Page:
The Human Thread

Tag Archives: H & M


Beyoncé, Ivy Park, and “Empowerment”: A “Beautiful Liar”?

May 05, 2016

Author: editor

Category: Learn

Courtesy of Ivy Park

Courtesy of Ivy Park

On Sunday, British tabloid newspaper The Sun described the Sri Lankan garment workers who make Beyoncé’s new Ivy Park apparel line as “sweatshop ‘slaves'” earning just 64 cents an hour. The Sun‘s reporters visited “poverty-stricken seamstresses” at the MAS Holdings factory in Sri Lanka, which produces the clothes. A sewing machine operator said that she was unable to survive on her basic wage of 18,500 rupees a month ($126). The newspaper claimed on average seamstresses earn $6.23 a day, although acknowledging that workers at the factory were still being paid roughly double the legal minimum wage of 13,500 rupees a month. The full article can be found here. Teen Vogue, while examining the criticism of Beyoncé, noted that Ivy Park is not the only apparel line to face abuse claims.

The justifications made by Beyoncé and Ivy Park sound a lot like her 2007 hit “Beautiful Liar”:

While Beyoncé’s Ivy Park line markets independence and empowerment for women, it deprives the women who make the wardrobe their freedom and dignity. Paid between $116 and $136 a month, the Teen Vogue article notes that “the workers who reside on the premises are locked into their living spaces at night. They must abide by curfews, and keep movement to a minimum.” Sadly, that is the industry norm, not the exception.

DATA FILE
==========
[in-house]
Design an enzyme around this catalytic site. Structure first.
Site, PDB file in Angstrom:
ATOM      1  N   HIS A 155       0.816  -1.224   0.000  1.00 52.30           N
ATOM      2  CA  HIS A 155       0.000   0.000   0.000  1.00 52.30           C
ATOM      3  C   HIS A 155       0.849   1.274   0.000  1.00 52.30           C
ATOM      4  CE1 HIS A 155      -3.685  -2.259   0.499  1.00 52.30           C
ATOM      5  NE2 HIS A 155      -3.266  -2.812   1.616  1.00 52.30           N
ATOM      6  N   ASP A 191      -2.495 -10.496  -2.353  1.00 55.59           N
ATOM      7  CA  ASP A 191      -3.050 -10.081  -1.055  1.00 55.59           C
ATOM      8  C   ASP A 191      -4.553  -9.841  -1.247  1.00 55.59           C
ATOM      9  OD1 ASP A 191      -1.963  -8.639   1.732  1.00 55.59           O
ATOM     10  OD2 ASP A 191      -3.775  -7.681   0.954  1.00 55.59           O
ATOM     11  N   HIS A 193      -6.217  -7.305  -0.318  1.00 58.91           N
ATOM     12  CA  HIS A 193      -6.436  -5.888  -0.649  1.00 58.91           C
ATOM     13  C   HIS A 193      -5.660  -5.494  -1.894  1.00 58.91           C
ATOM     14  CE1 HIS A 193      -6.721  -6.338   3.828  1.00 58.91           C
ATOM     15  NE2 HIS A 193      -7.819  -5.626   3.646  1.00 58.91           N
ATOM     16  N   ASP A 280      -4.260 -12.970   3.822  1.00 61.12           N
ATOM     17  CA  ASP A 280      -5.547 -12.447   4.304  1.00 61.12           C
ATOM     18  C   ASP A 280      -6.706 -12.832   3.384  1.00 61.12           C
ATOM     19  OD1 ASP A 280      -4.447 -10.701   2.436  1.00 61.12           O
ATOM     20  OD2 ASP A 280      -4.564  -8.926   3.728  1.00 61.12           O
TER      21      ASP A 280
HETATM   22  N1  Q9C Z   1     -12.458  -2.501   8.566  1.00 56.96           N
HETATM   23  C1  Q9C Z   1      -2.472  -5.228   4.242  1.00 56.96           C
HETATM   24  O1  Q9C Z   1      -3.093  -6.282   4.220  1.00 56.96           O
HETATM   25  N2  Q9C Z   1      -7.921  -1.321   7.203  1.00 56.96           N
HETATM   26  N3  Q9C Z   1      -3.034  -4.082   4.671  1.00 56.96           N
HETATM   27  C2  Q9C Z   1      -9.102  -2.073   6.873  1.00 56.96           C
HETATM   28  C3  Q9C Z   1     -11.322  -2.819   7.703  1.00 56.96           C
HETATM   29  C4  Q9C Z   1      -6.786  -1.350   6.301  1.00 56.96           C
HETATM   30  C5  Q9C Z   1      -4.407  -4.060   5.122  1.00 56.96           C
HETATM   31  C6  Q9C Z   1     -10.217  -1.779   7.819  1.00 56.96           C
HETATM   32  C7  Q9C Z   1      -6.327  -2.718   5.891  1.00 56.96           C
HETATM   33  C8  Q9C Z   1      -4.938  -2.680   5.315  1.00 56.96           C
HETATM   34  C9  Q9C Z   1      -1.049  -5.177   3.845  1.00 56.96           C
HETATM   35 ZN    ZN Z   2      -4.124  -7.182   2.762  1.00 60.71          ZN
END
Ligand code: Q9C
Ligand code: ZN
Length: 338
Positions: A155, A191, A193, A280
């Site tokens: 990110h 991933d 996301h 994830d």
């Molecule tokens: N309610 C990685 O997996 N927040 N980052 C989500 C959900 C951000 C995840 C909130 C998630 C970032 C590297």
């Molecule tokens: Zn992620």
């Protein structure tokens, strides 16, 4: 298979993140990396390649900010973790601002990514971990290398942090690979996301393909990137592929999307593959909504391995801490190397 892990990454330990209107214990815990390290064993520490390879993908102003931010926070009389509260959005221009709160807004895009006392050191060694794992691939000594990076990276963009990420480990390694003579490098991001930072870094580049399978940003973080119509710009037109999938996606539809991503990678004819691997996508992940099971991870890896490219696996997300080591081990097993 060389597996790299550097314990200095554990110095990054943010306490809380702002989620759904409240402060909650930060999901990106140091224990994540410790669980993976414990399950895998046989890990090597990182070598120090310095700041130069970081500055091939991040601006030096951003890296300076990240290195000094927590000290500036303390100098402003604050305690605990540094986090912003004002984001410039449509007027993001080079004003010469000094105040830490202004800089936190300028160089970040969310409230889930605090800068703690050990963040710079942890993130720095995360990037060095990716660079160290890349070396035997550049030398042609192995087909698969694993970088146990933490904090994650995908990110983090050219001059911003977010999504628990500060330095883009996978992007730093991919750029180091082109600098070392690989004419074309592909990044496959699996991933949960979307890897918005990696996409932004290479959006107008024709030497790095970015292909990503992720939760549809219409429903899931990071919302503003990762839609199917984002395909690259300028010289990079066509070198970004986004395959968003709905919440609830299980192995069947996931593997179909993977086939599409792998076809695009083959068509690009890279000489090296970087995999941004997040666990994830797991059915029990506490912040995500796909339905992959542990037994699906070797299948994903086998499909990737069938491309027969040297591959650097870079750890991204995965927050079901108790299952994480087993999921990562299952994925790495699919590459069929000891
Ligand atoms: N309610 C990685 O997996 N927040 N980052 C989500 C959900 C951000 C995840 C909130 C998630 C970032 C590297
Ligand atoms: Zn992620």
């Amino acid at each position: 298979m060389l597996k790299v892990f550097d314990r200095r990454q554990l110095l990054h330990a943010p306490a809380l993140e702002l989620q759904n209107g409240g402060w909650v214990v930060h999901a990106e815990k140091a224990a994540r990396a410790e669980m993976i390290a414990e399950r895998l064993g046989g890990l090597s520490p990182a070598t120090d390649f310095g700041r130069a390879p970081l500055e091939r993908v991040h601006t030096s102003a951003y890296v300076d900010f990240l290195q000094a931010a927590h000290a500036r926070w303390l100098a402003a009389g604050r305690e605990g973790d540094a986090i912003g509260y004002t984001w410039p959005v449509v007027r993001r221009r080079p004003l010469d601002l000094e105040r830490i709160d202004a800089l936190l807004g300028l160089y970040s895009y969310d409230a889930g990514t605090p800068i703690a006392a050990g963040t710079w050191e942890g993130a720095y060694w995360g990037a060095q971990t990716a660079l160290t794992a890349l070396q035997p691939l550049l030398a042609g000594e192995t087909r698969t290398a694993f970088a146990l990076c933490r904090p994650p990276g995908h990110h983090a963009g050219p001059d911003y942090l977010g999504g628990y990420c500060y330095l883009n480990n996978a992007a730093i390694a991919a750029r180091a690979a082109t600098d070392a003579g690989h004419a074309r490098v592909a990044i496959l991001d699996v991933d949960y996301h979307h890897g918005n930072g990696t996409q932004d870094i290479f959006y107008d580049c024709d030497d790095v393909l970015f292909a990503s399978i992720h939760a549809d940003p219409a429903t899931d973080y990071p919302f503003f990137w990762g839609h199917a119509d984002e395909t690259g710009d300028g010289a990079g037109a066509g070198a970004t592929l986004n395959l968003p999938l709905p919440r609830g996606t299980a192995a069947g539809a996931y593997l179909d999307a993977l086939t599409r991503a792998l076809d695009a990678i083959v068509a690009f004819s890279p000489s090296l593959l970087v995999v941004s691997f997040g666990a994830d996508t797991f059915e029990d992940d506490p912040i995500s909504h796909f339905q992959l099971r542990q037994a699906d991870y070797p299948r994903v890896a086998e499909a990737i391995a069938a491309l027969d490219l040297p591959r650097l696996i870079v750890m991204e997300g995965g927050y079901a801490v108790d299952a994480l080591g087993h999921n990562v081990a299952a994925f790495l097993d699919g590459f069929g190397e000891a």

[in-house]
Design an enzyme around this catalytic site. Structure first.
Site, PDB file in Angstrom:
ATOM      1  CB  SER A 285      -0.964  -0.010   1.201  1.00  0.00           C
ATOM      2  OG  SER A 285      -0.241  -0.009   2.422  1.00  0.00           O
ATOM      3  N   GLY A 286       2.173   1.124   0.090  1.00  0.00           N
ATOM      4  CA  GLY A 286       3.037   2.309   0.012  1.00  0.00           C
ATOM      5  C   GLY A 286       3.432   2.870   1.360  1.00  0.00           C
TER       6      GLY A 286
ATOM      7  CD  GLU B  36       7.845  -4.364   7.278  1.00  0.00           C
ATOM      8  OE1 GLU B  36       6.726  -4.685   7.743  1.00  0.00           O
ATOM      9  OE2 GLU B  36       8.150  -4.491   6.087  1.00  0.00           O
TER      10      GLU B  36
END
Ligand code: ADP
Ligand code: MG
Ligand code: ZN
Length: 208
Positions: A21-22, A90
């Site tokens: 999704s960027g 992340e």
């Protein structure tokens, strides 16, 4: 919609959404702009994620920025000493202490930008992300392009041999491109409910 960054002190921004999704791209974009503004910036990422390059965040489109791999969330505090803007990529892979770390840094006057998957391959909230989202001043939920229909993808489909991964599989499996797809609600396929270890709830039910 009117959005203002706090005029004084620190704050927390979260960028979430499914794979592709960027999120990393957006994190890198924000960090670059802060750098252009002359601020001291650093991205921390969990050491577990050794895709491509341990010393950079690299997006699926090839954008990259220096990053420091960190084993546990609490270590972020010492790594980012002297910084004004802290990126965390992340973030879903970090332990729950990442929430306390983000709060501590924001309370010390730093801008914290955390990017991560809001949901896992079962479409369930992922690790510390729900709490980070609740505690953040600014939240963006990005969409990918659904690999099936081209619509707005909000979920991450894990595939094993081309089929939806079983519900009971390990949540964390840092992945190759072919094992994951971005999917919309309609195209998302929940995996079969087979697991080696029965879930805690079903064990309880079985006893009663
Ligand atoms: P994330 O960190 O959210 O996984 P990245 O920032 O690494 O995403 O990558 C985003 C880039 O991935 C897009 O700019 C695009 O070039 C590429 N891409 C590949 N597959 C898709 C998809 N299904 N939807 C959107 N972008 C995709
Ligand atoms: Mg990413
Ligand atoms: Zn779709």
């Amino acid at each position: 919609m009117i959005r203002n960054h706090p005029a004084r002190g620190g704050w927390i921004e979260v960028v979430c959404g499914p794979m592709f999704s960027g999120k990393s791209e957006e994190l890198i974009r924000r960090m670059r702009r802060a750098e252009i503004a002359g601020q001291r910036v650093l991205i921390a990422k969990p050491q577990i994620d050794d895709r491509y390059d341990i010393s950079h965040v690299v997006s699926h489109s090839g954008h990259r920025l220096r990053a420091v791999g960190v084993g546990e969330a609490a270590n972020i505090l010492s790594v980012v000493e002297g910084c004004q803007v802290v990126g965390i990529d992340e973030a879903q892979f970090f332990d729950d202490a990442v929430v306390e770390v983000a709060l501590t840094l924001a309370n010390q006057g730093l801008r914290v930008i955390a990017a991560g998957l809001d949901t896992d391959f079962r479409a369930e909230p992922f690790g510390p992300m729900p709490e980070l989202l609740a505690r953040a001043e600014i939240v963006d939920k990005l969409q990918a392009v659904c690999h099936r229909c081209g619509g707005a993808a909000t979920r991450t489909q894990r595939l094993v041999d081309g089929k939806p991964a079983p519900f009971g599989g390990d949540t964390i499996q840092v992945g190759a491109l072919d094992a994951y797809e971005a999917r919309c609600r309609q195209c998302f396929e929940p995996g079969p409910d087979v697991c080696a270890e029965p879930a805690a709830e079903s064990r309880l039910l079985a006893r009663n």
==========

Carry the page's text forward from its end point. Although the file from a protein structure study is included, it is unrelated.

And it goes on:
The Asia Floor Wage Alliance, an alliance led by trade unions in the key garment producing countries in Asia, has teamed with The Center for Alliance of Labor & Human Rights and a number of other organizations, to release a report contributing new research collected through interviews with 251 workers engaged in H&M supply chains. The report, entitled, “Precarious Work in the H&M Global Value Chain,” an investigation of production conditions in H & M factories in Cambodia and India, is one in of a series of reports, entitled “Workers Voices from the Global Supply Chain: A Report to the ILO 2016.”

We can and must do better. Those who make our clothing deserve a wage that provides enough for workers and their families to live on, in dignity and safety.